Women in Wildfire Training Camp 2017

  • By Julissa Gonzalez, Equal Employment Specialist, Los Padres National Forest
Women firefighters gather in a formation to hear next instruction while standing in an open mountainous area. A group of women firefighters attend a class. Men and women in uniform pose for the camera during a graduation ceremony. A large group of men and women pose for the camera at a graduation ceremony.

The Los Padres National Forest hosted its 4th Annual Women In Wildfire Training Camp, Dec. 10-15, 2017. During last year, the success of the training camp was especially significant given that it took place in the shadow of the Thomas Fire, which broke out Dec. 4 and spread to the LPNF just as camp participants from across the U.S. began arriving in Santa Barbara. What would eventually grow into the largest wildfire in California history was heading straight toward the camp location.

The forest staff began planning for the training camp in the summer, and the outreach notice for interested applicants went out in August 2017. The application process was extensive, and those women selected for the training camp had already begun taking steps to prepare physically and mentally for the week-long course. The selected candidates had arranged for time off from school and work, made travel arrangements and packed. Several of the participants were traveling from across the country.

The camp coordinators were fully committed to executing the training camp and willing to work through any challenges they faced. However, a massive wildfire during the winter season was not anticipated in the planning scenario. And yet the Thomas Fire, which ignited more than 40 miles to the west less than a week before the camp opened, prompted mandatory evacuations of the training camp location, San Marcos Christian camp, near Santa Barbara.

“I said the only way we would cancel the training camp this year was if we had to be evacuated, and then we were evacuated,” said Division Chief Jay Enns, lead cadre for the 2017 Women In Wildfire Training Camp. As luck would have it, Enns spoke these words while addressing the audience during the graduation ceremony that celebrated the successful completion of 23 training camp graduates. The training camp had not been cancelled thanks to the quick thinking of Enns and the LPNFs strong partnership with the California Conservation Corp that identified an alternate location nearly 100 miles away in San Luis Obispo, California.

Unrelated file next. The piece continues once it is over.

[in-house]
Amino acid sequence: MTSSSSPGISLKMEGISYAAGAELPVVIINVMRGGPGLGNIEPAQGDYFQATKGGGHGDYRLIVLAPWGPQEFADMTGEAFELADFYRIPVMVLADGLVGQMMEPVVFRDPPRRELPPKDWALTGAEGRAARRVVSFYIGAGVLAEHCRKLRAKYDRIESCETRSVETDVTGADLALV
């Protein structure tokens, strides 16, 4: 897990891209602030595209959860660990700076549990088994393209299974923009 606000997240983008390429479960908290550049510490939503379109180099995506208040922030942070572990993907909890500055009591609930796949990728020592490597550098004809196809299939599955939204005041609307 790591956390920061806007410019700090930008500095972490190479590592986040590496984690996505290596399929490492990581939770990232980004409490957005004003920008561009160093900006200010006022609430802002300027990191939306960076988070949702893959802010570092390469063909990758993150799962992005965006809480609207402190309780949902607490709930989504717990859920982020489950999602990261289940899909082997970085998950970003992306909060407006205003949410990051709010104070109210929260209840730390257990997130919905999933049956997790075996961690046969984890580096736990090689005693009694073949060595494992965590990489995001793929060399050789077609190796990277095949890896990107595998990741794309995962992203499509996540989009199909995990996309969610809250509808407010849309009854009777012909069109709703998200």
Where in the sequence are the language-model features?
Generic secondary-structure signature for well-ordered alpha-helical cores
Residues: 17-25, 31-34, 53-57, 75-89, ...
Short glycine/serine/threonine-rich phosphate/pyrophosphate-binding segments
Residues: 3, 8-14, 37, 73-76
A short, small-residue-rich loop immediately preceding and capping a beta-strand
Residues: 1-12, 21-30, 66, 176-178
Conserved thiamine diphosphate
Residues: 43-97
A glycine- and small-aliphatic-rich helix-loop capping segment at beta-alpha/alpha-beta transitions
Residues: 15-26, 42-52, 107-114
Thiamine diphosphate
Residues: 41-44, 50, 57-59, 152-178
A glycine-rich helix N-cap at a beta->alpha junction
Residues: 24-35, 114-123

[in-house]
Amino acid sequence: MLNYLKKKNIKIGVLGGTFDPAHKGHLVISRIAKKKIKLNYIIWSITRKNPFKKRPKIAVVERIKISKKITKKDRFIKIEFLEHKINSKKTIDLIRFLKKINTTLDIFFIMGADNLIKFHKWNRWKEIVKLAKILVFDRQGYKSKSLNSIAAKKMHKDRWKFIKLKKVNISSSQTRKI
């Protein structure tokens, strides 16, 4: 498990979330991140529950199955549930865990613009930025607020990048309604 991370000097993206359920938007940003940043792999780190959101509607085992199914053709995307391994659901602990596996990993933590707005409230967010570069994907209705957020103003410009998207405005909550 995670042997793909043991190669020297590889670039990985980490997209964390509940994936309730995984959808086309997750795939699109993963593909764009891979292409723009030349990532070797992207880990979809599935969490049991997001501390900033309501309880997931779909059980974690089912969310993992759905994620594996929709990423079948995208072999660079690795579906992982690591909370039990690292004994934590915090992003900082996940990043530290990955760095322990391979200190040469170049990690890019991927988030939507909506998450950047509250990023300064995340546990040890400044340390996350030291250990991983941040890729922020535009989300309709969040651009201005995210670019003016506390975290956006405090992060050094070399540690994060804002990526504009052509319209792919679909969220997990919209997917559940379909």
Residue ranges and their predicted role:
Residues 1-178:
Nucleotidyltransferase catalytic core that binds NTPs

As a result, for the fourth year in a row the forest successfully provided a comprehensive orientation for females interested in pursuing careers in wildland fire. The curriculum included classroom and hands-on field exercises as well as fire certification and the wildland fire physical agility test. Participants were able to take part in leadership and teambuilding exercises and received professional development training through resume and USAJobs application workshops.

The cadre was able to provide a quality experience for the participants who showed tremendous gratitude.

"The opportunity to attend this camp has helped me understand that I am a woman first and to be a woman is a strength itself that can be used to break the barriers presented in any field that is male dominated."~ Graduate Bao-An Nguyen

“The Women's camp provided me an open space to be vulnerable and personally develop my confidence in a physically and mentally intimidating field,” said training camp graduate Bao-An Nguyen. “Even though the camp's purpose was to teach me the fundamentals of Wildland Firefighting, the mentor guidance provided me an insight on my own capabilities and how it can be used holistically to empower myself and other woman. The opportunity to attend this camp has helped me understand that I am a woman first and to be a woman is a strength itself that can be used to break the barriers presented in any field that is male dominated.”

The Pacific Southwest Region’s Deputy Regional Foresters Jennifer Eberlien and Alan Olson attended the graduation ceremony on Dec. 15 to speak with the graduates. Additionally, Forest Service employees from the Inyo, Sequoia, and Shasta-Trinity national forests, as well as the Regional Office, participated in the ceremony.

Los Padres received more than 215 applications from interested females, of which 30 were selected and 23 successfully completed the training. A total of 87 participants have now graduated from Los Padres’ Women In Fire Training Camp since its conception in 2014.

The Los Padres National Forest would like to thank the California Conservation Corps in San Luis Obispo for providing an ideal location and resources to host the training camp as well as sending crews to assist on the Thomas Fire. Their partnership is greatly appreciated.